Ramping up to next week’s National Innovation Directors Meetings, I wanted to see if I could learn the secret of innovation as it pertains to the Energy Industry.  We’re all told we need innovation to build a sustainable future, and this couldn’t be truer for energy. 

DSC_0074 copie_JLHere’s a little interview with Areva T&D’s (Transmission and Distribution) Eco Design & Innovation Director, Jean-Luc Bessède, also a speaker at the event. 

I also threw in a question about the future of eco design

Note that Areva T&D’s mission is to offer “reliable, efficient and environmentally-friendly solutions to improve network stability and make electricity available everywhere.”

1. Your title is Innovation & Eco Design Director. Where do you separate the two? Isn’t Eco Design where we must focus all of our innovation today?

JLB:  Of course, we must focus all of our innovation today towards eco-friendly solutions.  This is particularly the case in our energy sector, where the increase of renewables, the need for energy efficiency and the reduction of the CO2 emissions will be major drivers in the years to come.

At Areva T&D, our eco-design program formally began more than 10 years ago.  However, eco design is still a new area for engineering, and our program aims at giving tools and methodology to our design teams to enhance the capability of the designer to create innovative eco-friendly solutions that would also fit with customer expectations.

In our search for Green solutions, we also have to deal with cost reductions, improvement of performance, better reliability, tighter development planning or more stringent qualification programs. And our global innovation strategy and programs stand for these.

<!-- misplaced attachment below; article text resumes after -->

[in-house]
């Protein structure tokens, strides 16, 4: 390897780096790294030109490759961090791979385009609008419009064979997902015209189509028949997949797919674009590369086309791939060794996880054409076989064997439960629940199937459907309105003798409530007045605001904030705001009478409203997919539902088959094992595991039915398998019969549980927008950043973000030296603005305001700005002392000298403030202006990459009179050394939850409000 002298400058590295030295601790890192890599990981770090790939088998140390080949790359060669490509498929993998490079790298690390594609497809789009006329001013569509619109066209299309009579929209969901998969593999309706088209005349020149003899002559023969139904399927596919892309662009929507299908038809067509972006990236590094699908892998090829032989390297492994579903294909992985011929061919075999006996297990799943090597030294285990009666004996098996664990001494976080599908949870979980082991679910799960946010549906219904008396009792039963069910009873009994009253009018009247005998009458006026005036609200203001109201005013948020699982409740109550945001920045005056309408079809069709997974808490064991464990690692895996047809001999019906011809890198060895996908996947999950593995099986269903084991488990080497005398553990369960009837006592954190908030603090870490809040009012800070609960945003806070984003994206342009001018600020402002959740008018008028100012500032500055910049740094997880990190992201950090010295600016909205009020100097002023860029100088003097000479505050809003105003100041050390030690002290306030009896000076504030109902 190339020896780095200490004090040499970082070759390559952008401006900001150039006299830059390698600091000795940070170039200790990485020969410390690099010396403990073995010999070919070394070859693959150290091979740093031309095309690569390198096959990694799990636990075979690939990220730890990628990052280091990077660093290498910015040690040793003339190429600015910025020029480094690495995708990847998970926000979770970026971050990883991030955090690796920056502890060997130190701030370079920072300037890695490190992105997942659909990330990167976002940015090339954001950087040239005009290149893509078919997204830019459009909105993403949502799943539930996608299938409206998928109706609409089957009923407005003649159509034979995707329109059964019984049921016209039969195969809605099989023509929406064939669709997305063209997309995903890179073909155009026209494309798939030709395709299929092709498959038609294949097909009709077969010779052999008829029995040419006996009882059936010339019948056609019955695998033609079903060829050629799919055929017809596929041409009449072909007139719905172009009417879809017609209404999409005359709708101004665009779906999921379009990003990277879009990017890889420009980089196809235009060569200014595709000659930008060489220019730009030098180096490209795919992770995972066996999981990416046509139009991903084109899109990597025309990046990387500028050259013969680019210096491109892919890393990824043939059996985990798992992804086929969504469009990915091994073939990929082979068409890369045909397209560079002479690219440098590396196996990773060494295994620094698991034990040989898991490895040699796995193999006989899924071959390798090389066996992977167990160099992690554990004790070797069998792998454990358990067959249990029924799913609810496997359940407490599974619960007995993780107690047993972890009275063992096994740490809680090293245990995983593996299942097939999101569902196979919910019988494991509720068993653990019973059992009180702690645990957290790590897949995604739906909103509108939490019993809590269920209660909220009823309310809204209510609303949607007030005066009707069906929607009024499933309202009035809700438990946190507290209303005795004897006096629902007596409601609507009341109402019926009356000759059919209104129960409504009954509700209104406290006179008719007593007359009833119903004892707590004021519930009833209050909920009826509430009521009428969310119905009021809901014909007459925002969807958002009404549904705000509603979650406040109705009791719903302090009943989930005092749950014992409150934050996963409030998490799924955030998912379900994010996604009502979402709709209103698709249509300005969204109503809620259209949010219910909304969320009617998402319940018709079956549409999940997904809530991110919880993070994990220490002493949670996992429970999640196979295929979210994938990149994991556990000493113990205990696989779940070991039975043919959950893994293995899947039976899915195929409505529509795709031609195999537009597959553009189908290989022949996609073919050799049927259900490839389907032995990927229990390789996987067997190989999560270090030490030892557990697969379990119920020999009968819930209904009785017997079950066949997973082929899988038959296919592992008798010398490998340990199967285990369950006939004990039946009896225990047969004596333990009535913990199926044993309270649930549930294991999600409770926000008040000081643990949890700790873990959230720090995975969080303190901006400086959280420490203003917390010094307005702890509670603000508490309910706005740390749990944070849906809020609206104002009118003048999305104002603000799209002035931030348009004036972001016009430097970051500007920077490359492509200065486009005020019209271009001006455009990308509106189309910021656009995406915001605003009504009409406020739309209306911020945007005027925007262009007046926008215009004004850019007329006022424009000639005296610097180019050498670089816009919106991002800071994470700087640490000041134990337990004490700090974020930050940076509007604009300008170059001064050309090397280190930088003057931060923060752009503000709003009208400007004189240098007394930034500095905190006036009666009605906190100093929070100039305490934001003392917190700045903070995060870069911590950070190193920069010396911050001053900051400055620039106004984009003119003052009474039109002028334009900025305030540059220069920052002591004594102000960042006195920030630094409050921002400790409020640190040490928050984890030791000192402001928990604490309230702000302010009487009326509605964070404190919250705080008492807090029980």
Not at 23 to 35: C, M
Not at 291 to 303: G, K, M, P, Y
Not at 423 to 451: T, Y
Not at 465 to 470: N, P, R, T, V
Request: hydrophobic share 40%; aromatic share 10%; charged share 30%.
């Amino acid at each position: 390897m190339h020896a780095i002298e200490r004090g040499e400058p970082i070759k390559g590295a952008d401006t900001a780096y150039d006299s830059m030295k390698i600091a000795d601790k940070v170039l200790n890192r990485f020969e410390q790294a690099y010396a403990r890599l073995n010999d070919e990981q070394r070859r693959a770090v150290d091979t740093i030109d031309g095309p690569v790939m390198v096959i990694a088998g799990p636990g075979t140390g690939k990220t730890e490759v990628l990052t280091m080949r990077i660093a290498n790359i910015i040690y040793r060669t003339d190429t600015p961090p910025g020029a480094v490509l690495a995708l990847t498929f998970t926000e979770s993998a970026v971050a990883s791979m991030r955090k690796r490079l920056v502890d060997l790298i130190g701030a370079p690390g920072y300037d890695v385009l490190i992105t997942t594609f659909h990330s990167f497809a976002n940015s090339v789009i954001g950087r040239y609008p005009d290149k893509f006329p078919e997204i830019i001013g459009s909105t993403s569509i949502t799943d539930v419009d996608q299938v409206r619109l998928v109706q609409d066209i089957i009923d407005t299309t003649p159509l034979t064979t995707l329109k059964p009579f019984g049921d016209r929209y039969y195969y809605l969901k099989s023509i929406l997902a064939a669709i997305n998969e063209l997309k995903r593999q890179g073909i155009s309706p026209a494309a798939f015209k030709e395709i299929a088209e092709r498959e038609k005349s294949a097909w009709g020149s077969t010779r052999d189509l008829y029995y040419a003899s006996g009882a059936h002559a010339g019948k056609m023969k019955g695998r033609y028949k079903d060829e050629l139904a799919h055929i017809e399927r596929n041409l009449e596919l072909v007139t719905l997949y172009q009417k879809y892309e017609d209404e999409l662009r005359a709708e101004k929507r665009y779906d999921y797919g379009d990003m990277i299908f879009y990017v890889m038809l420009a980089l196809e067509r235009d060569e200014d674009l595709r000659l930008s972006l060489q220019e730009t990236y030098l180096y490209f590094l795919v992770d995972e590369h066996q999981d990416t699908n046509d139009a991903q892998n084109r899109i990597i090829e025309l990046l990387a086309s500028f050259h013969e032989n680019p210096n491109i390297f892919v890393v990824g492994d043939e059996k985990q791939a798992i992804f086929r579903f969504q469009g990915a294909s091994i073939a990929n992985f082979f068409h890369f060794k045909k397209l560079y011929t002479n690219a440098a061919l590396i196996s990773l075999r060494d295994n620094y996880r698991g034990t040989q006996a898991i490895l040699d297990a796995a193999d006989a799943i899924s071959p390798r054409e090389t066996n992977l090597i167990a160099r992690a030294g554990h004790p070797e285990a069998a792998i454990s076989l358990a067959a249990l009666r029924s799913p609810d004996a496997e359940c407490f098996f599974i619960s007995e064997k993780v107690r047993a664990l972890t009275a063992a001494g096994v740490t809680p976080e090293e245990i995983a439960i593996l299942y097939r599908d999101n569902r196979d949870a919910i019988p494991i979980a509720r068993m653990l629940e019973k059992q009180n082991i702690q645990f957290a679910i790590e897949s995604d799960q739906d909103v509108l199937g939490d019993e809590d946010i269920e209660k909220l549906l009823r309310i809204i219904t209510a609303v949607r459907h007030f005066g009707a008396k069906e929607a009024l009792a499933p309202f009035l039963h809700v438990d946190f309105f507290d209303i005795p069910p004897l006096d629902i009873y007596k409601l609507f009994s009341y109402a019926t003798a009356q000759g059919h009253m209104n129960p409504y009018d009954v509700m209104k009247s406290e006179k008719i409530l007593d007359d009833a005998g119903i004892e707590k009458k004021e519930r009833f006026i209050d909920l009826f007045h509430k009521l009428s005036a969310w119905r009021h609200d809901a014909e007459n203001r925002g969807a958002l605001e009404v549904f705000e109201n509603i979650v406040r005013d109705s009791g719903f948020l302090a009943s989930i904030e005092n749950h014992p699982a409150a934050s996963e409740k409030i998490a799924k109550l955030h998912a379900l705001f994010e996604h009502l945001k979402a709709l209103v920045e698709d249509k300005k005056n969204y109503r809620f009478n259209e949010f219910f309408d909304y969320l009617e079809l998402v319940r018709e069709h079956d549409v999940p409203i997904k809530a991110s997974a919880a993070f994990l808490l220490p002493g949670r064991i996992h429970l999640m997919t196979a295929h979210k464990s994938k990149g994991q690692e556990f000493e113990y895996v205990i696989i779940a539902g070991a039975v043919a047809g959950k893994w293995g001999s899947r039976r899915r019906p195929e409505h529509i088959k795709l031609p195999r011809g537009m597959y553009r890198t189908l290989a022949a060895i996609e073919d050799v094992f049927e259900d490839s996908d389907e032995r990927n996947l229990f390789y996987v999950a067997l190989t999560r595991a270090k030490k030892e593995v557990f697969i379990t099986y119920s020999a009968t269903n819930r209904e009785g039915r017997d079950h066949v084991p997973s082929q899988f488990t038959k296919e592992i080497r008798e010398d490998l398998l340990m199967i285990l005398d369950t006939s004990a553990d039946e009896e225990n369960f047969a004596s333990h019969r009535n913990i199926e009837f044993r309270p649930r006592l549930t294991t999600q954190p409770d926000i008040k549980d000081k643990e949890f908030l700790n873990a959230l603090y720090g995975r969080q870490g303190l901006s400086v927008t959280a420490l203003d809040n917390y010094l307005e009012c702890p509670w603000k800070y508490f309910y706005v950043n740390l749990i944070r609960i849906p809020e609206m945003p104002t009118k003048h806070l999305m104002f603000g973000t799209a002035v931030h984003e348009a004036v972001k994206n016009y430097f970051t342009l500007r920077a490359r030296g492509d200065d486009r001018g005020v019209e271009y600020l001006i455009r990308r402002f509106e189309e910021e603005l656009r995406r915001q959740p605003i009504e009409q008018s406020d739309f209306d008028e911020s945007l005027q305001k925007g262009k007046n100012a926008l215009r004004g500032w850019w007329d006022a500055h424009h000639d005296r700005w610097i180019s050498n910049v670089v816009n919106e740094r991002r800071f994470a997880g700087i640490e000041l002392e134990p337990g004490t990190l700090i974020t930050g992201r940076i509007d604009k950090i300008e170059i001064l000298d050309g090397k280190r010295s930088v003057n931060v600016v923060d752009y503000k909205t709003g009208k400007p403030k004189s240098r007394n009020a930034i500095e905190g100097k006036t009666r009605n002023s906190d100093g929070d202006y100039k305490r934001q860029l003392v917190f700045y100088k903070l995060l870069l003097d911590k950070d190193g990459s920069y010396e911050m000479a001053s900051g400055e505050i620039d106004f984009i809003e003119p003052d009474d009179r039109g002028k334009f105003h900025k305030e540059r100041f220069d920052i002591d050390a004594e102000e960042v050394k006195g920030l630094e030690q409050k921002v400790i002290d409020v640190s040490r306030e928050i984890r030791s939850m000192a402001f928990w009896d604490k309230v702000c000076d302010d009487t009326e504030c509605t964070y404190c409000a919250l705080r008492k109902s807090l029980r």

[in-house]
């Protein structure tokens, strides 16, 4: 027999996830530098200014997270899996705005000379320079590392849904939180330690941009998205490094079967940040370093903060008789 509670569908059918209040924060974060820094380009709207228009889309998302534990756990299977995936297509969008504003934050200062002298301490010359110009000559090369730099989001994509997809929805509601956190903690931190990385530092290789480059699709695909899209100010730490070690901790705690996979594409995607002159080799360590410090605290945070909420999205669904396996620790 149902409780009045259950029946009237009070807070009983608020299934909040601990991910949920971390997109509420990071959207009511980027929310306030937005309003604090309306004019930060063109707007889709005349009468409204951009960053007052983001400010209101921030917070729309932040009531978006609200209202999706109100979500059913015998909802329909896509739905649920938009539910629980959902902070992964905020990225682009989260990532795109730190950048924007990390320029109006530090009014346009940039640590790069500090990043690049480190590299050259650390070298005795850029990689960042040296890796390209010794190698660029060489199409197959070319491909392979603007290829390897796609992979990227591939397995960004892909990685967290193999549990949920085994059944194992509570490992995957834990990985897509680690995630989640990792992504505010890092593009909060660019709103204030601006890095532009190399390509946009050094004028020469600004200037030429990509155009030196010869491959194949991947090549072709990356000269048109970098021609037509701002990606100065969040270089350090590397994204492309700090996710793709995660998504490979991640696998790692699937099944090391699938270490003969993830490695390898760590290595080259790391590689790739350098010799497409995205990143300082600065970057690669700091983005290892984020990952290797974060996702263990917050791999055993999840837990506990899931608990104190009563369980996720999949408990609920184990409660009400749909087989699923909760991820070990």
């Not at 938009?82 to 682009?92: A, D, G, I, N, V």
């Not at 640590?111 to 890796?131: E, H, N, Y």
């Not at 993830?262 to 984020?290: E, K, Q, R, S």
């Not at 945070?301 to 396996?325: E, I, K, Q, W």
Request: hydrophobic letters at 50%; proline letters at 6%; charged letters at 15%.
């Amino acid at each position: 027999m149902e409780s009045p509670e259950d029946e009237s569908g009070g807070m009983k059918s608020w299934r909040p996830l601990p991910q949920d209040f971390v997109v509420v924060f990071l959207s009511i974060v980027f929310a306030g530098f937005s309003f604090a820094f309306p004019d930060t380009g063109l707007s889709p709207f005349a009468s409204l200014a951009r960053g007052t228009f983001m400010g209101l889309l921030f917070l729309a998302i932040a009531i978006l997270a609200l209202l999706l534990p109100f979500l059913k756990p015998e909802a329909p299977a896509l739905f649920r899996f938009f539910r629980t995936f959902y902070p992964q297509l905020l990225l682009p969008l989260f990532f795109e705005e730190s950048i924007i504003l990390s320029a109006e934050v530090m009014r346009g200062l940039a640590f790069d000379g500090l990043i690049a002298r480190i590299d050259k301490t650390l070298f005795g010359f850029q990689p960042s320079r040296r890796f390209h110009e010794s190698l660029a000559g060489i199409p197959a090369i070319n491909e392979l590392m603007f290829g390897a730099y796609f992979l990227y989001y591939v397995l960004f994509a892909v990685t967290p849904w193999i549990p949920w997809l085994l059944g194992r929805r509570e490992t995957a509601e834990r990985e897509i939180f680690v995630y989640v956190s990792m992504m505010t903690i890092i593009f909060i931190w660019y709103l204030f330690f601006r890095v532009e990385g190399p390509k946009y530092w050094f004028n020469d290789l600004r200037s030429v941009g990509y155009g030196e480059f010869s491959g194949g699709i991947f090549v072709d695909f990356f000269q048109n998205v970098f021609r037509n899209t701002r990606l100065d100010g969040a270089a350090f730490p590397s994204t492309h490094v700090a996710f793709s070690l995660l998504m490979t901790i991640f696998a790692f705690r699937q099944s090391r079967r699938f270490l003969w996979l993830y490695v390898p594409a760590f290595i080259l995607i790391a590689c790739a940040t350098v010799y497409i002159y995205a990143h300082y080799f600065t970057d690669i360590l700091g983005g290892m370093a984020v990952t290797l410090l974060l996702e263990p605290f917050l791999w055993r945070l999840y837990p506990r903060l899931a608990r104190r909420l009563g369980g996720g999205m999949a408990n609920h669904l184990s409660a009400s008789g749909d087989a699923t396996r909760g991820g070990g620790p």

2. What are the most innovative eco design projects that you’re working on right now?

JLB:  First of all, we are developing a Green Services offer.  We are also developing innovative electrical network management tools that will allow us to improve the global energy efficiency and power quality deliveries to the end-users.  Additionally we are developing eco-friendly solutions for power transformers or swithchgear.
3. What’s your secret for innovation, and how do you ensure you’re always pushing the limits further?

JLB:  Unfortunately, there is no secret . . . and innovation is mostly a question of perspective.  It could be considered as a process, as the result of a development strategy, as a commercial success, a technological breakthrough, a sociological change, etc. 

However, three parameters appear to be essential in order to always be in the position to push the limits further :

  • Strong expertise in our core business but also regarding the business of our customers;
  • Numerous and deep relationships with external partners (universities, regulators, other companies…), including term collaboration agreements ; and
  • Heavy investments in R&D.

4. Do you use 3D software and collaborative research platforms to invent your products? If so, how does this impact your innovation cycle? If not, why?

JLB:  3D software and collaborative tools are already used and some developments and deployment are running throughout the company. We take benefit from 3D software, to improve the reliability of our equipment and reduce development time through improved electrical and mechanical dimensioning.

Collaborative platforms are necessary for us, due to the spread of our R&D community in many countries and continents.

5. What do you think is the future of eco design?

JLB:  Eco-design is already a reality and applied in the everyday engineering job, in many industries.  But good and efficient tools which could simplify and accelerate the job are and will be more and more necessary.  This is, for sure, an area where further developments will appear.

Merci beaucoup Jean-Luc! 

Any questions you’d like me to ask Jean-Luc at next week’s National Innovation Directors Meetings ?